Giving everyday people many opportunities to formally cooperate with grave evil which would not ordinarily impinge on their own day to day lives seems to be part of the mass marketing strategy of Hell. And it seems to be working.


Comments (8)

When one considers the fact that statistics show most of the Catholics who voted for Obama were not regular church-goers, it isn't surprising your previous post got as many surprised comments as it did. If they don't take their obligation (under pain of mortal sin) to attend Mass on Sundays, how seriously will they take their obligation to vote to protect life?

If it's possible to be in a negative Buridan's Ass situtation, that was me during this election.

Interesting and amusing. The haystacks are laced with poison?


Most fraudulent are those Catholic leaders, or alliances of Catholics, that insist that the radically evil injustice of abortion need not be directly opposed, but rather, that somehow solving the dilemma of the poor in a sweeping act of charity will cause the foundation of this monstrous crime to crumble.

Why is this so terribly amiss? Because the foundation and cause of abortion is not poverty but a blind disregard for personal responsibility, a heinous denial and disrespect for human life, and an idolatrous worship of personal convenience. This is why even in the wealthy countries of Scandinavia the highest rates of abortions are followed by rampant euthanasia.

Friends, the poor do not hate their children any more or less than the rich. The poison of which abortion is the most dreadful manifestation is the sinful suffocation of selfishness, and it can and does affect all strata of society. Woe to those, particularly Catholics, who dare to try to convince us that their “choice” of a radically pro-abortion leader is within the parameters of conscience. God have mercy on those who exude freely this salve for their partisan cooperators. I fear that they will bear a greater responsibility than most. Against them will come not only the cry of millions of human lives savagely destroyed, but the souls of those they have sucked down with themselves. This is the very definition of scandal, and the reason that so many have spoken out with such urgency to announce the authentic teaching of the Church.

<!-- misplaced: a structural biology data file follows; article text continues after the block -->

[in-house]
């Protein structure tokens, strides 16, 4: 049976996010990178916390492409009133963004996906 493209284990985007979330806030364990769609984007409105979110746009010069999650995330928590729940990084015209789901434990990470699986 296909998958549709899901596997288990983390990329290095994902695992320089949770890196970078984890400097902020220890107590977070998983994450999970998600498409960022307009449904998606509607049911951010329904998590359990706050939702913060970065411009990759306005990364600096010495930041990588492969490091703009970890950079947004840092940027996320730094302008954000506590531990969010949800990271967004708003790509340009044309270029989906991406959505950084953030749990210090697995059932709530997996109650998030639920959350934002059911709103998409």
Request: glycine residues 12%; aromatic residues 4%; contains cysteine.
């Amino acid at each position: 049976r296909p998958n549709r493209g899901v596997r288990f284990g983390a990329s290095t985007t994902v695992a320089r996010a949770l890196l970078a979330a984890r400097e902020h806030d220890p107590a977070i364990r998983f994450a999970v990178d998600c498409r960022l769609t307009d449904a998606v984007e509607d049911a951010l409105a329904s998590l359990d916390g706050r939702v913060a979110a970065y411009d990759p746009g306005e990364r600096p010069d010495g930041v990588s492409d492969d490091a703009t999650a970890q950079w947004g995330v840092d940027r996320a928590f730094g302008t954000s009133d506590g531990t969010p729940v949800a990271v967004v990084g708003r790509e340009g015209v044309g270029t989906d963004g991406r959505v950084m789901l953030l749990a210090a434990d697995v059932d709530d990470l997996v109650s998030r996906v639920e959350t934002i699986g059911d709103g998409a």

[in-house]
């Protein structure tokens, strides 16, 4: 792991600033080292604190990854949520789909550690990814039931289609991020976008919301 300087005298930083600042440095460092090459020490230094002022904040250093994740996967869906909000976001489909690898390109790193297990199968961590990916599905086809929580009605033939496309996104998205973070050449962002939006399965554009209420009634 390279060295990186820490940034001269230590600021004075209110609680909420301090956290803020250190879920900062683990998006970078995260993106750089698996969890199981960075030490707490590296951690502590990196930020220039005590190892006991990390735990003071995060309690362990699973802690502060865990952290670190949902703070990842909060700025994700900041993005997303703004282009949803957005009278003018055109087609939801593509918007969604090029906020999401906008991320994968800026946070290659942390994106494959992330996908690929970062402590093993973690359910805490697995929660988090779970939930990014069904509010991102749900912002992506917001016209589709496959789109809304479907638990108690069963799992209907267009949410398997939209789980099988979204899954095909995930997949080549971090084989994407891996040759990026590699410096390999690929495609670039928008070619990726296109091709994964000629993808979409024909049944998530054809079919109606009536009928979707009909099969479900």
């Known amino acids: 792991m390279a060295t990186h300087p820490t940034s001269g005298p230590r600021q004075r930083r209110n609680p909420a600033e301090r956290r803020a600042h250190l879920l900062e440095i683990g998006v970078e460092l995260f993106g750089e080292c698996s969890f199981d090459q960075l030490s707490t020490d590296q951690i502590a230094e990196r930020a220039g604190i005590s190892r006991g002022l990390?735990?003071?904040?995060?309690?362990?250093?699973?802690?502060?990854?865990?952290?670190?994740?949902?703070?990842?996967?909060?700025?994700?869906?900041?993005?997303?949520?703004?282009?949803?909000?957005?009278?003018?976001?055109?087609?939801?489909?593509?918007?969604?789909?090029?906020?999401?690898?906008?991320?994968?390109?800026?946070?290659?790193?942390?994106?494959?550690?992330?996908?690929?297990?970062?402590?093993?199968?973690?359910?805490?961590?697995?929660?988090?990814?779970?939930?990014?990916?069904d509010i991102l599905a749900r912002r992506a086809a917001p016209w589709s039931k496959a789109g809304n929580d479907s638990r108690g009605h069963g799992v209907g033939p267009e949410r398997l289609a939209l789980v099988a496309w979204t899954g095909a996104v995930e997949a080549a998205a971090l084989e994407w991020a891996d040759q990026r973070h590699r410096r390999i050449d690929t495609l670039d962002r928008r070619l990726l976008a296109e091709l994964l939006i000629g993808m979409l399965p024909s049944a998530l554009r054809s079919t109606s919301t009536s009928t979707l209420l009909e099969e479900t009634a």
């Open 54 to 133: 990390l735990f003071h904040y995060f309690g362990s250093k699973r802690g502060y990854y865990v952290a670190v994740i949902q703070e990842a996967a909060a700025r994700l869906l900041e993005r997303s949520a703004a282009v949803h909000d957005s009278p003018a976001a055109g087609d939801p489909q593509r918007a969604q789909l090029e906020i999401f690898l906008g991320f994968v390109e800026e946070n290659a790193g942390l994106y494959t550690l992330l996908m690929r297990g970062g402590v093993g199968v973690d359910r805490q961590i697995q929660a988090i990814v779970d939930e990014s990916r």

Part of the damage we have been promised is encapsulated in the Freedom of Choice Act, which has been held at bay the last eight years. When all the reasonable limits on abortion, gained in the last 35 years have been summarily swept away: parental notification, waiting periods, counseling and informed consent, the number of those killed will grow by more than 100,000 a year.

The Freedom of Choice Act will mark the beginning of a great persecution against religious liberty, because it will require tax payer money to be used for abortions. You and I will be faced with this legal trial: whether we should pay our taxes making us participants in the slaughter of Innocents or be liable for jail and fines.

And what of our Catholic hospitals? If we are forced to provide such destructive services under the Freedom of Choice Act, we will have to refuse. Catholic health care workers, and other men and women of good conscience, will risk losing their jobs when their conscience exception is lost and they are pressured to participate. I read a letter recently in our daily paper: The man said, “If you don’t want an abortion. Don’t have one.” Under a regime of such change, you and I will not have such an easy choice. By paying, it will become “our abortion.” Lord, have mercy on us, and on our country.